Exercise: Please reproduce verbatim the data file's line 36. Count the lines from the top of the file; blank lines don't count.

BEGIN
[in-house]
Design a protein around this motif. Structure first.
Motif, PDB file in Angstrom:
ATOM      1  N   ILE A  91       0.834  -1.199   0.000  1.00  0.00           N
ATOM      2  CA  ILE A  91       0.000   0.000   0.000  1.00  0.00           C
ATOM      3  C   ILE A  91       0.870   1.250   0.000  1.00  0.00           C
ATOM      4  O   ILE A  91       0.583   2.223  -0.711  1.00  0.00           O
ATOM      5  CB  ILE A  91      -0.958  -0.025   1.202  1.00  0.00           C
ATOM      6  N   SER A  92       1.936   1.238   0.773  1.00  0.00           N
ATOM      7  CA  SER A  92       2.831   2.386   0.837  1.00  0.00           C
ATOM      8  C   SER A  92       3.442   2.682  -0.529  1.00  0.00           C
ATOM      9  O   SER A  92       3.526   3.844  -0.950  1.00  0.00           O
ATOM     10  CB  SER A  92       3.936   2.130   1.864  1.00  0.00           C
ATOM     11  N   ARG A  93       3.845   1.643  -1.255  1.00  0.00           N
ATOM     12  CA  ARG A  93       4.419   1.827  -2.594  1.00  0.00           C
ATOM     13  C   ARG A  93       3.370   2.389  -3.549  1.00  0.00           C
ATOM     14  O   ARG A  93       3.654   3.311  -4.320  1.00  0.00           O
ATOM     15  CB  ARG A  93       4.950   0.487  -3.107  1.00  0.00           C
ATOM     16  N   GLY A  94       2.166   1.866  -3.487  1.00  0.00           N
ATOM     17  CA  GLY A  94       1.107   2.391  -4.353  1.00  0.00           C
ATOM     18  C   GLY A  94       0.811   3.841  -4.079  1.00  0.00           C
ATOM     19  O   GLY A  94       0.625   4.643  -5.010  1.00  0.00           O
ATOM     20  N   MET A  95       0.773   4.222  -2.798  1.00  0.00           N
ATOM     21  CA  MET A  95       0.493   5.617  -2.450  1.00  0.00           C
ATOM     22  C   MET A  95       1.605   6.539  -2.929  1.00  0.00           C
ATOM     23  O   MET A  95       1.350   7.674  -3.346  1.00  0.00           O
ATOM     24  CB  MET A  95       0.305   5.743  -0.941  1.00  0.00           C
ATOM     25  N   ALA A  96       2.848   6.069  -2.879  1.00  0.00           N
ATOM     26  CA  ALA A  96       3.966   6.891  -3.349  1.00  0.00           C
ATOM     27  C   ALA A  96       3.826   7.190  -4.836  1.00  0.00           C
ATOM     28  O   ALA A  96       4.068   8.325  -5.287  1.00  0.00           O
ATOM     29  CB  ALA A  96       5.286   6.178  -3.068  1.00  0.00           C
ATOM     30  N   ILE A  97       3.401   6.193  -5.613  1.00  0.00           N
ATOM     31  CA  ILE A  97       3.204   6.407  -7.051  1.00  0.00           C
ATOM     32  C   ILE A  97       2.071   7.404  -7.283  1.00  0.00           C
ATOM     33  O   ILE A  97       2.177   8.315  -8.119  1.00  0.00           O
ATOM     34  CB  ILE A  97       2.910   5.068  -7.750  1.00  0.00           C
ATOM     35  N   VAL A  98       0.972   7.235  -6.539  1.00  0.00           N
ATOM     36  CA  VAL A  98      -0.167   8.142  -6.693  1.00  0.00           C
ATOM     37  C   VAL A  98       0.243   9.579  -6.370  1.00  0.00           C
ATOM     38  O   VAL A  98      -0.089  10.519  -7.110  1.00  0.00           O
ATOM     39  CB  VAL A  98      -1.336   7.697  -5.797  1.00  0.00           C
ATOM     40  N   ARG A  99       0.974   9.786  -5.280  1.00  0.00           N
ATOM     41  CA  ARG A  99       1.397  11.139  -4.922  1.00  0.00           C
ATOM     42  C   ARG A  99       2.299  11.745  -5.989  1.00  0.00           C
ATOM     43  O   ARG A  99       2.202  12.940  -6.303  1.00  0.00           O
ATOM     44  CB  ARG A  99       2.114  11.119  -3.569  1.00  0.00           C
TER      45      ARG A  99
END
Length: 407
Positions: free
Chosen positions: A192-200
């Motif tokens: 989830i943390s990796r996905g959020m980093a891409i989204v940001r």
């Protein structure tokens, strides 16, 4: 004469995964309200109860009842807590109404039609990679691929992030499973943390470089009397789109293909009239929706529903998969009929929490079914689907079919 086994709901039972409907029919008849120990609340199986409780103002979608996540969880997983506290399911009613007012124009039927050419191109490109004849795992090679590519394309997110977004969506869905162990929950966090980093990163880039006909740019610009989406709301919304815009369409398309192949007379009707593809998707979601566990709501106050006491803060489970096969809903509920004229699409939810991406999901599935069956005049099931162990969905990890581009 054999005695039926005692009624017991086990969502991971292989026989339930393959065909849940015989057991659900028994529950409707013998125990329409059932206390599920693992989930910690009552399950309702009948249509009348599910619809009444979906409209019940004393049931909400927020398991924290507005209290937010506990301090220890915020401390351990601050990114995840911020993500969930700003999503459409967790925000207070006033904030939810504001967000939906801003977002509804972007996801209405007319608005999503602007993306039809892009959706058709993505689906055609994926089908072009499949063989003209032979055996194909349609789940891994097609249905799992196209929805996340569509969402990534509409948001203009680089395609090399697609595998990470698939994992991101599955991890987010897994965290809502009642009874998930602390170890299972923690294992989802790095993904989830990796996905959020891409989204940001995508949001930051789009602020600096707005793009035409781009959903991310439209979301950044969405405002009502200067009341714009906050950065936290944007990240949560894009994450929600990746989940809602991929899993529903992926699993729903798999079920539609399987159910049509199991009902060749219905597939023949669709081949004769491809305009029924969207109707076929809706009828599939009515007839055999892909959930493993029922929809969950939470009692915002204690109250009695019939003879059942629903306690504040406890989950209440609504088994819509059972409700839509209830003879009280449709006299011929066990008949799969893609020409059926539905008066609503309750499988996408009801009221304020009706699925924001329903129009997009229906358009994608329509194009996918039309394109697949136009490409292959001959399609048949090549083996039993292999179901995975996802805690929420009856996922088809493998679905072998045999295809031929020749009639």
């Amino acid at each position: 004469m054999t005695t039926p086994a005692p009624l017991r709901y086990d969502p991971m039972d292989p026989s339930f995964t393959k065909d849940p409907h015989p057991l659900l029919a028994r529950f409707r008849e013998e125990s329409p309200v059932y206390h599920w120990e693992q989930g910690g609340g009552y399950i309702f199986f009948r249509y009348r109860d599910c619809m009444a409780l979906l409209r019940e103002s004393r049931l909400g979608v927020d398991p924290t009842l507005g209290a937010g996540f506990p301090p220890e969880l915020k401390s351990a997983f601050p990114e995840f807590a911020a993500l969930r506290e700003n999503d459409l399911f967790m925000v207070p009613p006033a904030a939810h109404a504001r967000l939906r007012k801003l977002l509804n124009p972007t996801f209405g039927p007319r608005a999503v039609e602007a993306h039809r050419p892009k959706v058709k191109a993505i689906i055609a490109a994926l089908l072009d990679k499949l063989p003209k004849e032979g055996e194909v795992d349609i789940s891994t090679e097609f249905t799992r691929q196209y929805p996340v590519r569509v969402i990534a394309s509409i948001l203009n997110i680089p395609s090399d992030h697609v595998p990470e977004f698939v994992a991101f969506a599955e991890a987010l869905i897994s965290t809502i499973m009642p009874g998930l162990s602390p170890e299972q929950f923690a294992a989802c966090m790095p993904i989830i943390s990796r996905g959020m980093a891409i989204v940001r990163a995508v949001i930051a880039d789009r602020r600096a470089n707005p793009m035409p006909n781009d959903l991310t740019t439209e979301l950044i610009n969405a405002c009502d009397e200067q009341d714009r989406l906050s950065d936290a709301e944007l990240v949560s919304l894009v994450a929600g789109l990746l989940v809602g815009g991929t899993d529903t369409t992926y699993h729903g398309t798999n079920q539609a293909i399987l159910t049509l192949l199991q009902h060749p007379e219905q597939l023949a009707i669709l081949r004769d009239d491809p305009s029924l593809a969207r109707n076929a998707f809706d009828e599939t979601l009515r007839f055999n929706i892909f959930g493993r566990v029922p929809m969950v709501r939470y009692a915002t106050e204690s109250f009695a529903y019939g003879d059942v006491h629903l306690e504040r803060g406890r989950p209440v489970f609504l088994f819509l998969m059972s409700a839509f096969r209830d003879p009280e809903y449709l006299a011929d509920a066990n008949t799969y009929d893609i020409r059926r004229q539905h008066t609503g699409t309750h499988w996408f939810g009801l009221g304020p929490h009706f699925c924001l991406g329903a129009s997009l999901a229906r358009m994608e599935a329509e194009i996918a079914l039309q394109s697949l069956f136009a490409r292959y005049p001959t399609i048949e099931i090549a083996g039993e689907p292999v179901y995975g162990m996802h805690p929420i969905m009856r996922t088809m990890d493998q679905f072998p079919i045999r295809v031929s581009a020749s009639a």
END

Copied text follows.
ATOM     33  O   ILE A  97       2.177   8.315  -8.119  1.00  0.00           O